Multipotentialite – are you one?
When we are kids, we are often asked: what do you want to be when you grow up? An innocent question, which adults usually ask in order to get a funny response. Although seemingly insignificant, this question carries the message that it is good to know what you want to be in the future and that this should be a specific profession.
And it’s only when we have become adults ourselves that we (or some of us) begin to realize that it’s not quite like that. Some people never ask themselves such questions. In their adolescence, they choose a single path, and they stick to it for the next dozens of years. They don’t change their career paths, don’t even look around because the mainstream society these days persuades us that, once you have made a career choice, you need to stick to it.
Those of us who change majors during their studies or completely drop out of college are not likely to get much approval from our close ones and friends in general. There is a pressure, and it is actually quite a lot of pressure, to finish what you have started, no matter the costs you pay and the motives that drive you.
Unfortunately, giving in to such pressure doesn’t do you any good. Not all of us are mentally strong enough to keep others from meddling in our affairs. Especially when we have a close relationship with the people who try to interfere with our life choices, for instance, our parents, it’s not easy to maintain boundaries. This sense of inner conflict is sometimes followed by years of frustration, for example, Johny works as a lawyer because that’s what his father wanted him to be, while deep in his heart he has always dreamed of becoming a drummer in a rock band.
In this blog entry, I want to inspire you to take on a different perspective – different from the one that society has drilled into you since your early years. I also want to let you know that if you have multiple passions and you can’t seem to make up your mind what you want to do for a living, you don’t have to. And that everything is OK with you. Keep an open mind and an open heart, put aside what mainstream society tells you, and look for your ways to embrace your interests and turn them into something that will make you feel fulfilled, something in which you can become a real pro?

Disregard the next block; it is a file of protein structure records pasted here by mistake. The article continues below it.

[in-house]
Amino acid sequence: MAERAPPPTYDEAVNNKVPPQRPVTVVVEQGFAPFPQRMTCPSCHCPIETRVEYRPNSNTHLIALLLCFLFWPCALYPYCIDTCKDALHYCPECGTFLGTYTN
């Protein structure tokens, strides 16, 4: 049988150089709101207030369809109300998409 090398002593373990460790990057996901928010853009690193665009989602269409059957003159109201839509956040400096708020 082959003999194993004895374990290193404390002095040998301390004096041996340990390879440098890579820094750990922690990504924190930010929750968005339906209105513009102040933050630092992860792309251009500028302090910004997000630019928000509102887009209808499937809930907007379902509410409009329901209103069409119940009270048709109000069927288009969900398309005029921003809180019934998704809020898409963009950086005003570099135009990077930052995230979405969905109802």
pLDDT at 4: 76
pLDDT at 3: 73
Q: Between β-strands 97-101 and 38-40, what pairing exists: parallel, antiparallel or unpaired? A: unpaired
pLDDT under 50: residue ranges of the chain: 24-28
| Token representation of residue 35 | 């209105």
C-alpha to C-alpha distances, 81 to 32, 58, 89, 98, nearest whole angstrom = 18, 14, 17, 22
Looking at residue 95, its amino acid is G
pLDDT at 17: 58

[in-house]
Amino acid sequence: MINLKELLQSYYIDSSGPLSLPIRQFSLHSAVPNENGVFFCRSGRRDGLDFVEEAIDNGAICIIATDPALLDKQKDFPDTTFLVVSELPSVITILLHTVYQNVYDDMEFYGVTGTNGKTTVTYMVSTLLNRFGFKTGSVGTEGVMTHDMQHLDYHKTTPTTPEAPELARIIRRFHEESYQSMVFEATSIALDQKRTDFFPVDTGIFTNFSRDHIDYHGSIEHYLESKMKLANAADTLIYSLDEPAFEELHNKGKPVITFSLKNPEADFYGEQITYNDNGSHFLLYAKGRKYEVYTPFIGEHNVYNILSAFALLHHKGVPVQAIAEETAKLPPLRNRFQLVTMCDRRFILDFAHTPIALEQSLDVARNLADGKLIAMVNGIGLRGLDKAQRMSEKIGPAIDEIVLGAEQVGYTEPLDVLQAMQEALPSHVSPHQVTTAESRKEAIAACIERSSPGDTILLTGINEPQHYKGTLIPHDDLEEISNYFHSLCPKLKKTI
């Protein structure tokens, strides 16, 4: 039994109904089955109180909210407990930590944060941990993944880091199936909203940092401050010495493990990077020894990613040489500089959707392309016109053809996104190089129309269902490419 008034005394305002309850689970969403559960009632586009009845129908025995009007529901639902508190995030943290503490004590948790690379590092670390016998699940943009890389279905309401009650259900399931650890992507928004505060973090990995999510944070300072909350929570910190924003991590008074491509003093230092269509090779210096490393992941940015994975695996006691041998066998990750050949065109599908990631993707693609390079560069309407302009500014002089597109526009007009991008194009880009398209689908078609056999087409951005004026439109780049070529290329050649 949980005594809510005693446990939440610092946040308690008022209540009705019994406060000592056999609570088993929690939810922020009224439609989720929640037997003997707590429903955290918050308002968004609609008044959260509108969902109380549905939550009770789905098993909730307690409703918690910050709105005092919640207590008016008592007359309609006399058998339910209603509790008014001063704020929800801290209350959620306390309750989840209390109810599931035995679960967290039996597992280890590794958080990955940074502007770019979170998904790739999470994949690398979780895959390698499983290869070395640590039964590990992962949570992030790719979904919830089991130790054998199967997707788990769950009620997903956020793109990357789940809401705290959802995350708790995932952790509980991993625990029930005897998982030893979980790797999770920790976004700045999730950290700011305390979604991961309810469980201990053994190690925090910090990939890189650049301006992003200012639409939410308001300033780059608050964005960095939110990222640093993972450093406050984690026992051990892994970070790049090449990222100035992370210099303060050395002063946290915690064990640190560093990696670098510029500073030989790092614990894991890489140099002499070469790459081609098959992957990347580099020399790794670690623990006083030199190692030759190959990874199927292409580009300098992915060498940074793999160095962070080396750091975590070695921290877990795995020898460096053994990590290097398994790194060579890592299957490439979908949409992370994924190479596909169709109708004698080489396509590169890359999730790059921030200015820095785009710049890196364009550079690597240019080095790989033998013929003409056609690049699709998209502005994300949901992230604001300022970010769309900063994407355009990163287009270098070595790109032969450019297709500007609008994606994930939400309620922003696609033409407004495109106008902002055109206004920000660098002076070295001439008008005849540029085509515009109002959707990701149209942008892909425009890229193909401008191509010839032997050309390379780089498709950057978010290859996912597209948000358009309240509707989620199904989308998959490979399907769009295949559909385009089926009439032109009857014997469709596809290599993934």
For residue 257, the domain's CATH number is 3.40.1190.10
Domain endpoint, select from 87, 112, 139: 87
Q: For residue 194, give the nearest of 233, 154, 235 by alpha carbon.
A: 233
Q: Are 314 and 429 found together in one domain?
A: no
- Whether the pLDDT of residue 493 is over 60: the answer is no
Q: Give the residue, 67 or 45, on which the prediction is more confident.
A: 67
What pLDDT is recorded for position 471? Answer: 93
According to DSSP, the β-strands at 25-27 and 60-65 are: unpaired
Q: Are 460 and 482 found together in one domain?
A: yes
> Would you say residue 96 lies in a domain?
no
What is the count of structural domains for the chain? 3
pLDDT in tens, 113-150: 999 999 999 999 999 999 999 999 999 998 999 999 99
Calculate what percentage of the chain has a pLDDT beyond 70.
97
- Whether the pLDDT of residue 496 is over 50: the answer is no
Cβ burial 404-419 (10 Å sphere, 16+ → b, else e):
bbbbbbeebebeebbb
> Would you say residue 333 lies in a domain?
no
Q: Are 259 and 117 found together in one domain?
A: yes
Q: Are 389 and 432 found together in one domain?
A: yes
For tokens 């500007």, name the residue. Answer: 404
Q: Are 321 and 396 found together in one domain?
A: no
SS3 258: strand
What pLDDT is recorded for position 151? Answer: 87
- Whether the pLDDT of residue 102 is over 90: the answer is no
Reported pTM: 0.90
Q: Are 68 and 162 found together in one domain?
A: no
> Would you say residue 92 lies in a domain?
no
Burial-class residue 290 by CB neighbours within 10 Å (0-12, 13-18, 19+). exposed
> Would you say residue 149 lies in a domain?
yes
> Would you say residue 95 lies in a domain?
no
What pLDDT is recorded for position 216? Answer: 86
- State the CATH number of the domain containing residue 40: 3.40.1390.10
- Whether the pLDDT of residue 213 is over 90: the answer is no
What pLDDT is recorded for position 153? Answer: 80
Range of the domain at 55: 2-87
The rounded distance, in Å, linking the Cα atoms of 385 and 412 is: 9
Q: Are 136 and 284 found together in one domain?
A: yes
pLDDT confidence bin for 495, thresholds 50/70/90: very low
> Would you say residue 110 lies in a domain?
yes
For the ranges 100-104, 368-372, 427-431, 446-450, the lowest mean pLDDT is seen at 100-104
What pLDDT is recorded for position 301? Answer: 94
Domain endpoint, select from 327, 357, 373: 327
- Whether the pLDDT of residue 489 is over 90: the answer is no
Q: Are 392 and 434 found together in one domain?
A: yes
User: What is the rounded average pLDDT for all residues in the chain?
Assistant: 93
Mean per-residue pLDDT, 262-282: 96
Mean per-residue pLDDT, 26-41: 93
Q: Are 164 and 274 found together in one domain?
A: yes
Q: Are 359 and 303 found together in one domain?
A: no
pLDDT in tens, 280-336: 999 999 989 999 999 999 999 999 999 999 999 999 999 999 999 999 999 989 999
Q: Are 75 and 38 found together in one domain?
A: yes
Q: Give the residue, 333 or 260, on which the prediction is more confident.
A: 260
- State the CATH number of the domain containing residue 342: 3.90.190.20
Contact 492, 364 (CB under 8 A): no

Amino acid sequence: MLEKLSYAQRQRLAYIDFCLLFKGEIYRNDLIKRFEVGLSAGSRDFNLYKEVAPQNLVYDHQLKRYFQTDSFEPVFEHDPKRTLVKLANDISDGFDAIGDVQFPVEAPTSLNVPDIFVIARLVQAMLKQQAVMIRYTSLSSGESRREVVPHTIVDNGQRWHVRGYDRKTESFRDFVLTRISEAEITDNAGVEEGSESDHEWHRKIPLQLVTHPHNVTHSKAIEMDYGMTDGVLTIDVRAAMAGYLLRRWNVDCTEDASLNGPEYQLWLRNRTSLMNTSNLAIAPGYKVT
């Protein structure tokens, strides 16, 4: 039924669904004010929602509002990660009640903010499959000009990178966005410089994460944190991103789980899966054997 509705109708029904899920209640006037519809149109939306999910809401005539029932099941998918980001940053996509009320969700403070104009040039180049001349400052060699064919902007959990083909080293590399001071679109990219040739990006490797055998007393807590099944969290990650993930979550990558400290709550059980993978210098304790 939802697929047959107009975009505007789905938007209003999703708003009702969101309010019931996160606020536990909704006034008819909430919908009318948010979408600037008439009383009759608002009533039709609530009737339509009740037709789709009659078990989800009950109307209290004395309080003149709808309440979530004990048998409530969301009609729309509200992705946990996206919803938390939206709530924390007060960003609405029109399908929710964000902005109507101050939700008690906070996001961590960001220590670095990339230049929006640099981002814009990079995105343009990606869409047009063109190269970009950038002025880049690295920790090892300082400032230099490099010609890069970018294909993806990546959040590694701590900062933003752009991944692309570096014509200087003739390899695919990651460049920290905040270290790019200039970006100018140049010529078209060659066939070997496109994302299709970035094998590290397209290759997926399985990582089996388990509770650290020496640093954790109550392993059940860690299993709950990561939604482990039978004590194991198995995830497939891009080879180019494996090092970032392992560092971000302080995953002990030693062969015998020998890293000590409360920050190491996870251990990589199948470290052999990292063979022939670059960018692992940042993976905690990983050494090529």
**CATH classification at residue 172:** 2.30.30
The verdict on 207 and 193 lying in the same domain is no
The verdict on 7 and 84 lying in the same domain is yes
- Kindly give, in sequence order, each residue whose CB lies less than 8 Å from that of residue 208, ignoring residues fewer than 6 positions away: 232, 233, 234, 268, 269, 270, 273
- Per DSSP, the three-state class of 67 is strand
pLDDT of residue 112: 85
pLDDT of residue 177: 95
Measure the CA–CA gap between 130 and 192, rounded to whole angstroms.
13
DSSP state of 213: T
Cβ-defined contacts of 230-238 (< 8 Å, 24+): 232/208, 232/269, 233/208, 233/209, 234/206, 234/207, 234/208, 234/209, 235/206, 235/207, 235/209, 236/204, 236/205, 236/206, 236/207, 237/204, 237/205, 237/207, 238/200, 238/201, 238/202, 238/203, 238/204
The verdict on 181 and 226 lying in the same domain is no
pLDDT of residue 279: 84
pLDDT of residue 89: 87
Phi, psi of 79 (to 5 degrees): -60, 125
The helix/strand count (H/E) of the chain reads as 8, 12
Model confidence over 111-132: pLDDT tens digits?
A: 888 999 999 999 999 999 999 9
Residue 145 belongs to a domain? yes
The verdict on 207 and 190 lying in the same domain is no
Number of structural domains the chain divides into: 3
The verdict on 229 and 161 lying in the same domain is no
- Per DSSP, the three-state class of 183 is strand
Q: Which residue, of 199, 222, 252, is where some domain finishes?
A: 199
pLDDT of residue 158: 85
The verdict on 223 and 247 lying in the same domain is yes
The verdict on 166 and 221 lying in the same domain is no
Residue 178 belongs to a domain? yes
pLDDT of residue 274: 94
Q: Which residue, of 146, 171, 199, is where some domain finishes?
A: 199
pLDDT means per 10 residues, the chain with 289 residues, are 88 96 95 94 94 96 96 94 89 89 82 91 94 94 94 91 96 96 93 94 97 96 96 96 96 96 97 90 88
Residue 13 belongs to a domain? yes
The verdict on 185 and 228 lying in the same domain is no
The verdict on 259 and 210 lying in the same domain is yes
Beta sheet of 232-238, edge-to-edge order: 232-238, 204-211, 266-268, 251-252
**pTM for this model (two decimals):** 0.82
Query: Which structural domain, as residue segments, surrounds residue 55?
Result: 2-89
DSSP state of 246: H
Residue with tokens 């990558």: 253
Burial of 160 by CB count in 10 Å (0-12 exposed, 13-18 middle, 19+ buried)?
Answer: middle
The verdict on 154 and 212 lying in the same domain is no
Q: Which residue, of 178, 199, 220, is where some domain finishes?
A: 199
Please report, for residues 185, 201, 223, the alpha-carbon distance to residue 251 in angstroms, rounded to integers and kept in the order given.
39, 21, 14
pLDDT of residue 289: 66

Multipotentialites are among us
What if I’m interested in many things? This question was publicly asked by Emilie Wapnick, a young Canadian coach and writer – although these two professions are far from embracing all of her. The term “multipotentialite” that she herself came up with would be more adequate here. She gave rise to the movement gathering people interested in her theory of multipotentiality.
A direct translation of this word refers to the multiplicity of interests that a person has, which results in a versatile potential. According to Emilie, a multipotential individual is someone who:
- is passionate about many things
- cannot indicate which of his or her interests are the most important ones
- doesn’t want to decide on a single specialization
- quickly gets bored with one job, therefore is always looking around and considering different paths